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Consider the following sliding panel table saw:

enter image description here

I usually clamp the piece to the sliding panel and then smugly push it into the cutting disc with one finger.

However, when making rip cuts, it is quite tedious to align the board perfectly parallel to the disc. I was wondering if I can use the rip fence to align the piece.

I have a very similar table saw and the manual says that when you use the rip fence, the sliding panel has to be locked in place. Is there a reason for this?

It seems very suspicious that even the most hi-tech models have the rip fence invariably on the non-moving part of the saw only.

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    Hi Martin, have you looked for any of the published articles or YT videos from reliable sources (like Stumpy Nubs) on the basics of using table saw? I think you'll benefit from this, and after reading a few you'll be a lot more confident using your saw and will be able to avoid many of the safety pitfalls... such as using crosscut and rip cut features together!
    – Graphus
    Oct 9, 2022 at 12:44
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    @Graphus thank you for the recommendations! Yes, I watched several videos, especially about safety. I am especially interested in using the sliding panel as much as possible since I find it safest. Even using the rip fence exactly as it should be used would not protect me from the rarer forms of kickback, such as accidentally using case-hardened wood with inner tensions. With the piece clamped to the sliding panel and aligned using the Fritz Franz jig, and rip fence removed, I can operate the saw clear of the trajectory of any possible projectile. Oct 10, 2022 at 14:27

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I have a very similar table saw and the manual says that when you use the rip fence, the sliding panel has to be locked in place. Is there a reason for this?

I've never used a European-style table saw like that, so your mileage (kilometerage?) may vary, but in general with table saws you use either the rip fence or the miter gauge/sliding table, never both at the same time. The idea is that as you make a cut, one part of the workpiece (generally the one you want to keep) is constrained by the guide (again, the rip fence or miter gauge or sliding table), and the part on the other side of the blade should be free to fall away from the blade as soon as the cut finishes.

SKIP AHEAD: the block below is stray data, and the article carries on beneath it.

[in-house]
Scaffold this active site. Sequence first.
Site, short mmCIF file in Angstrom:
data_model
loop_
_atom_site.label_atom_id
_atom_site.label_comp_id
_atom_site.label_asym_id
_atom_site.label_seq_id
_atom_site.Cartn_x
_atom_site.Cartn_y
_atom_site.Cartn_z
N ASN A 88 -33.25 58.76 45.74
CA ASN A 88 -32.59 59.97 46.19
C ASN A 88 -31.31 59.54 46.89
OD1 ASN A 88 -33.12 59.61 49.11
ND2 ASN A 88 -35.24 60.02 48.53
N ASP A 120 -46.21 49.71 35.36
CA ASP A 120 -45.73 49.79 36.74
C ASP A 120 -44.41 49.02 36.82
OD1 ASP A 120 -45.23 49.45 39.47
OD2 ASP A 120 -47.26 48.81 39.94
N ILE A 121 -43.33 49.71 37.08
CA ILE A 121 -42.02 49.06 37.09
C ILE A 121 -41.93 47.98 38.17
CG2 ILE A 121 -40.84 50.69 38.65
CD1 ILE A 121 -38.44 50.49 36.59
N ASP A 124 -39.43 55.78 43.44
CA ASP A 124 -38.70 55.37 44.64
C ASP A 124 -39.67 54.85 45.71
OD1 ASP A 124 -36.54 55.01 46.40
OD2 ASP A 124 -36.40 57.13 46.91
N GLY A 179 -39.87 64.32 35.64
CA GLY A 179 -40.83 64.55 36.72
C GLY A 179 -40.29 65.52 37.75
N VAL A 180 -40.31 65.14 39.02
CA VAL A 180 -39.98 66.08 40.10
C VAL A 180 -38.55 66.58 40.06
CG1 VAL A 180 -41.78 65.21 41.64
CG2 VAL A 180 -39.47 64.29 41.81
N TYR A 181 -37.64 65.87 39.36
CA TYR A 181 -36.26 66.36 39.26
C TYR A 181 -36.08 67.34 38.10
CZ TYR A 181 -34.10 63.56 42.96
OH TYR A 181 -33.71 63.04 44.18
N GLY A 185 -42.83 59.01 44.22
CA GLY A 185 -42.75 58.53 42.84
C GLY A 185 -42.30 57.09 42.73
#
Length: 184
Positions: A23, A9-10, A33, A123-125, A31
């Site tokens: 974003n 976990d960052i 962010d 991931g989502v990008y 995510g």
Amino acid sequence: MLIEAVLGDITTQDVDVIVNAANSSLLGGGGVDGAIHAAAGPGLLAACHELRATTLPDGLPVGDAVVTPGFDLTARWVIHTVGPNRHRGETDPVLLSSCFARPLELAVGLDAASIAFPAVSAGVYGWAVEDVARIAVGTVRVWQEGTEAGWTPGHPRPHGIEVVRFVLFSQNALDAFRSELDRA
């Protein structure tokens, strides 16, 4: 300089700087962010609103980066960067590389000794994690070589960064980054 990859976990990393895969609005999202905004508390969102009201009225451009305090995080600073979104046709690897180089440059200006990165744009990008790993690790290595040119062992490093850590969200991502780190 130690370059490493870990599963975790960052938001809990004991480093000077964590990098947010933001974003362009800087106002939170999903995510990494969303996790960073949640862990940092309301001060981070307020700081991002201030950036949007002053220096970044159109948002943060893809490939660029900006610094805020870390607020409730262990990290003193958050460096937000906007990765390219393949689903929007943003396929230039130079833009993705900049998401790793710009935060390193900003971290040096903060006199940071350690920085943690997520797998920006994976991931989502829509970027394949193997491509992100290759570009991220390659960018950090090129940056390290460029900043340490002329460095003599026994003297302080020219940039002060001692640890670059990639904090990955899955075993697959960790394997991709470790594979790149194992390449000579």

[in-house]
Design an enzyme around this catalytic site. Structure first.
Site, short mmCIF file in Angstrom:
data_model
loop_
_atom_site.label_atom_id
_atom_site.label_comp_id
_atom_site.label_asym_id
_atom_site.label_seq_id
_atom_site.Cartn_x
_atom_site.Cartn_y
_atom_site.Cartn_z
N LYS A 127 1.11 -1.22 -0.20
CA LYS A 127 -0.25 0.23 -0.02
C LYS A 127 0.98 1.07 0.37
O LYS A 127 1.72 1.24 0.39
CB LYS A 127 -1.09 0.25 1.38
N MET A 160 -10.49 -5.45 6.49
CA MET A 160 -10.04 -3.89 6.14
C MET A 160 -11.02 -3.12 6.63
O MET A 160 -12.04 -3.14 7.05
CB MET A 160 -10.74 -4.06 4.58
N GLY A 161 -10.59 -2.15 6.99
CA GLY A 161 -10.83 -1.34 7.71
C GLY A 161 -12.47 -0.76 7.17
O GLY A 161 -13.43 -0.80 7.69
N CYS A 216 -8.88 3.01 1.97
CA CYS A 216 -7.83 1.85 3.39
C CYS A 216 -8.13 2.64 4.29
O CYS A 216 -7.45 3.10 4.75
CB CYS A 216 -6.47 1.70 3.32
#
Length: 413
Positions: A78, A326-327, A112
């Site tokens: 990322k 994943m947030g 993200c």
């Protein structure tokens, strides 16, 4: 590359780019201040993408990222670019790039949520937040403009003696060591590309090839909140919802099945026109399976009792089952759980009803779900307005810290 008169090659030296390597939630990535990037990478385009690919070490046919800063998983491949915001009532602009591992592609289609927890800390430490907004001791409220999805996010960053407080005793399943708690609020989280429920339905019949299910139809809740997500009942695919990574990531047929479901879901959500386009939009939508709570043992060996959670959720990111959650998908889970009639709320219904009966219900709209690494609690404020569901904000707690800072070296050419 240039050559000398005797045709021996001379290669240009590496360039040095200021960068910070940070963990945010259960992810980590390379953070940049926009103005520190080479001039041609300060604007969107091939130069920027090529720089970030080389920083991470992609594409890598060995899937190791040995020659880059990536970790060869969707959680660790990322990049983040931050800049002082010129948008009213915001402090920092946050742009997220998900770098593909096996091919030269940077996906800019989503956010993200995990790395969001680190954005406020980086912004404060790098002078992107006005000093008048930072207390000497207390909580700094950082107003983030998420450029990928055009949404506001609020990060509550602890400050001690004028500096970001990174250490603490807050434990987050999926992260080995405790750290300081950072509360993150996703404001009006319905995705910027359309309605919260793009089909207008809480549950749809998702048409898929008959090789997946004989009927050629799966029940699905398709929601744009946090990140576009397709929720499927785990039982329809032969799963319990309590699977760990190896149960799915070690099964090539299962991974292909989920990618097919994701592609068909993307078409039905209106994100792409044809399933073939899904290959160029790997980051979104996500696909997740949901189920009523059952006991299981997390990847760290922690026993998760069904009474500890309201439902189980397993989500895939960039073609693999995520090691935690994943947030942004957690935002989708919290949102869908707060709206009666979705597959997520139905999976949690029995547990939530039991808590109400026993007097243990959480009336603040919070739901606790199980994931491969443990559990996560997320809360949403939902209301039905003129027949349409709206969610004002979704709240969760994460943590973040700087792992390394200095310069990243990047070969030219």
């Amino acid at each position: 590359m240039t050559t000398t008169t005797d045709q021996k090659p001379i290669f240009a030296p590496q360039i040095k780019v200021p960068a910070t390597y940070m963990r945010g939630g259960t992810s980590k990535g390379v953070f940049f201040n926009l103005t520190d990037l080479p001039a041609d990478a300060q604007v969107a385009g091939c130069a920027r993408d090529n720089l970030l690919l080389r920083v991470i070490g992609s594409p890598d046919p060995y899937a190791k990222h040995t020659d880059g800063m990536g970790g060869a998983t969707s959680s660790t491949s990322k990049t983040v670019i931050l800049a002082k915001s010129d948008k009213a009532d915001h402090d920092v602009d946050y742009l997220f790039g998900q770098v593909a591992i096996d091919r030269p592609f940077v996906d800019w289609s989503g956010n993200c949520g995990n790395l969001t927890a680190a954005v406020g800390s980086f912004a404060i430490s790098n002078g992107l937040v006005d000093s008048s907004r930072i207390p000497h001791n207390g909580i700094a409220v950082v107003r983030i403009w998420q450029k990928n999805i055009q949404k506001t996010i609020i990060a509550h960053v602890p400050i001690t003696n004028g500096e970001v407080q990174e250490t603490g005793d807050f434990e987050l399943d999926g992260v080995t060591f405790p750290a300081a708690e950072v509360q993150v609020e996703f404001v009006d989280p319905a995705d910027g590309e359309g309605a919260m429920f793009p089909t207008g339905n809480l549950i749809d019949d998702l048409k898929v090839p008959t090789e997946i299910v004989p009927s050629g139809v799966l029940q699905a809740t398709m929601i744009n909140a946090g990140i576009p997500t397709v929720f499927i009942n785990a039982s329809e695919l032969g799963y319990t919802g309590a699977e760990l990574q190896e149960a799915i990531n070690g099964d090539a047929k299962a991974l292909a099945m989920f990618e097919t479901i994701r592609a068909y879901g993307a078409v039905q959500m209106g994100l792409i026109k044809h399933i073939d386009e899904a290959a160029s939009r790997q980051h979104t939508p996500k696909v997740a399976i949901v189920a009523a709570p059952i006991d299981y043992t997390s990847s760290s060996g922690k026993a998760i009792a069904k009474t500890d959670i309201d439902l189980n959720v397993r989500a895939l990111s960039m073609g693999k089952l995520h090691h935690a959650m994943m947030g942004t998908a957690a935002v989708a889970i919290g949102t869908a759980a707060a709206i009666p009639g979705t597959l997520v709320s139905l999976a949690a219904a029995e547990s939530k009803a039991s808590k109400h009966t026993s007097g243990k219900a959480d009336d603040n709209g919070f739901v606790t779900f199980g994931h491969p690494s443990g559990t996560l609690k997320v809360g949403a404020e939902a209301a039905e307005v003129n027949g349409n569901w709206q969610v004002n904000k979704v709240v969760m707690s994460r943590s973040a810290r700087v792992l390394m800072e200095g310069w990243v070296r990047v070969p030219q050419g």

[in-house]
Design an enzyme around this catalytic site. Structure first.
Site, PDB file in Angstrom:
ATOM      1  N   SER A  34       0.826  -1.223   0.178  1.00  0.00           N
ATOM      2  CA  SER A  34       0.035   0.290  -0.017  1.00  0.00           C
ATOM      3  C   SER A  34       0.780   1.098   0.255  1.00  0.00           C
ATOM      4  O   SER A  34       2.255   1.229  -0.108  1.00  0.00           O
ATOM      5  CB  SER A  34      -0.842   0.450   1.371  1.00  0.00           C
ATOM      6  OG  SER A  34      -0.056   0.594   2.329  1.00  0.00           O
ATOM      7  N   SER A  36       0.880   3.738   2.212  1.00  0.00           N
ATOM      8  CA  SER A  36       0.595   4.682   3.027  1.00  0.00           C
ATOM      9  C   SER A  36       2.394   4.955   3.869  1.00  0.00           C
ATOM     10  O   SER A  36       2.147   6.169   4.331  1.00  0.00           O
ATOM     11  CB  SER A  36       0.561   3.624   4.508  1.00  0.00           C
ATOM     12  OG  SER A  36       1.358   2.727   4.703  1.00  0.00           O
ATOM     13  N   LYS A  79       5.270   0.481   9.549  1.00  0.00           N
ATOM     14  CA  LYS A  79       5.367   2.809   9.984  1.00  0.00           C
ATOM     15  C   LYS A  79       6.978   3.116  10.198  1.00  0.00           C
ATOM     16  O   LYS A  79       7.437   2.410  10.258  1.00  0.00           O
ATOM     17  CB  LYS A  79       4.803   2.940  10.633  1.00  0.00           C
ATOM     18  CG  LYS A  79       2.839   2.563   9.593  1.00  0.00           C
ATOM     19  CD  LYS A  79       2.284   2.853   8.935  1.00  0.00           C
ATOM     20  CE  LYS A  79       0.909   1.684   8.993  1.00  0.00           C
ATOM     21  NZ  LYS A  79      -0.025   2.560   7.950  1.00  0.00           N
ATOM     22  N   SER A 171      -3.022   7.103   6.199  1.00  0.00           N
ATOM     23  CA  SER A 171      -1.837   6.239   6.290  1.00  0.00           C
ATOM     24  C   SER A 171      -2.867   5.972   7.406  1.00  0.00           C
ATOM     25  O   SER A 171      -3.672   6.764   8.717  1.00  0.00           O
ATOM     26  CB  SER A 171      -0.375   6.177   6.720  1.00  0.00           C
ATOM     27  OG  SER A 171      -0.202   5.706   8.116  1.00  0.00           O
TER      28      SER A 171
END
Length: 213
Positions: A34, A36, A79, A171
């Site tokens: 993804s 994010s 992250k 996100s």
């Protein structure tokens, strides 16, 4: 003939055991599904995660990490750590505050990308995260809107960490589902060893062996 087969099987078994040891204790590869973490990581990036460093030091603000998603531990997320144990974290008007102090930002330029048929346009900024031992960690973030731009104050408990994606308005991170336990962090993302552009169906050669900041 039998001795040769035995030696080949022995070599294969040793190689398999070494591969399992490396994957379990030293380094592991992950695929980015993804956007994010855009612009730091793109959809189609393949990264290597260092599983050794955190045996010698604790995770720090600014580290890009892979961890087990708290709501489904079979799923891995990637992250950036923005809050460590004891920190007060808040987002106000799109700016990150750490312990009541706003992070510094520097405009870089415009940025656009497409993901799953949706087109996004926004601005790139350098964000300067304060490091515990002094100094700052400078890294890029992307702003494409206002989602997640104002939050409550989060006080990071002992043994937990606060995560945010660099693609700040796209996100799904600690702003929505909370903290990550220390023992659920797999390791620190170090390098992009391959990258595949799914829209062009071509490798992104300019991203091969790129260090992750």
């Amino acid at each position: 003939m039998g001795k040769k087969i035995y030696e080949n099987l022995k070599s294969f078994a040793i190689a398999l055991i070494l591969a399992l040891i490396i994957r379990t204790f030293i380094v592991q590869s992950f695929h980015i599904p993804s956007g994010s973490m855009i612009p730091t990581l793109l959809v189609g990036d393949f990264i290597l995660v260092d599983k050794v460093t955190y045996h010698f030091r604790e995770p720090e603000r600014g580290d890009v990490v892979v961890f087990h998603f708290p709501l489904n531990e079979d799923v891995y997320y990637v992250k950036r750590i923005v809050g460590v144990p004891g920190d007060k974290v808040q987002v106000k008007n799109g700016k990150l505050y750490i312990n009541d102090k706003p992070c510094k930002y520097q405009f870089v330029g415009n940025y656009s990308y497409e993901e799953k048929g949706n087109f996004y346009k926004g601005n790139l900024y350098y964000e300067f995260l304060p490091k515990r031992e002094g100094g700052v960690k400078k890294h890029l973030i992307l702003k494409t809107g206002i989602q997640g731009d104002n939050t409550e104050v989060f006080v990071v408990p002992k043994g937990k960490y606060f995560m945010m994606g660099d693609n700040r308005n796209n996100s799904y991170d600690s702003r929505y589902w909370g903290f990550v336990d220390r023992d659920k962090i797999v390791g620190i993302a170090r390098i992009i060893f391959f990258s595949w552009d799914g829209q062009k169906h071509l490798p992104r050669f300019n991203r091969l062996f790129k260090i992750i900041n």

For example, if you're using the sliding table, the offcut will naturally move away from the blade slightly as the cut finishes, but it won't be able to do that if the rip fence is supporting it, and it's much more likely that a kickback will happen in that case.

The same idea is even more important when crosscutting. Let's say you're trying to cut several 100 mm blocks off the end of a long board. It seems like you could set the rip fence at 100 mm, set the board against the miter fence, and rapidly cut blocks by making a cut, sliding board over to hit the rip fence, making another cut, and so on. The problem is that those blocks are trapped between the blade and rip fence, and they could easily become projectiles if they happen to catch on the blade.

What you can do, though, is to clamp a small block of wood against the rip fence near the front of the table, and then set the fence so that the left side of that block is 100 mm from the cut line. Now it's fairly safe to cut the blocks as described above, using the block clamped to the fence as the stop block to position the board before each cut. In this arrangement, the fence isn't right up against the blocks as they're cut, so there's nothing keeping the blocks right next to the spinning blade.

However, when making rip cuts, it is quite tedious to align the board perfectly parallel to the disc. I was wondering if I can use the rip fence to align the piece.

If you're making a rip cut (i.e. cutting along the length of a board), skip the sliding table and use the rip fence -- that's what it's for. The rip fence is obviously long, and it provides lots of support for the side of the workpiece as you slide it along. The sliding table is for crosscuts, where the long side of the board is perpendicular to the blade and parallel to the miter fence (the thing that you've got marked with a question mark).

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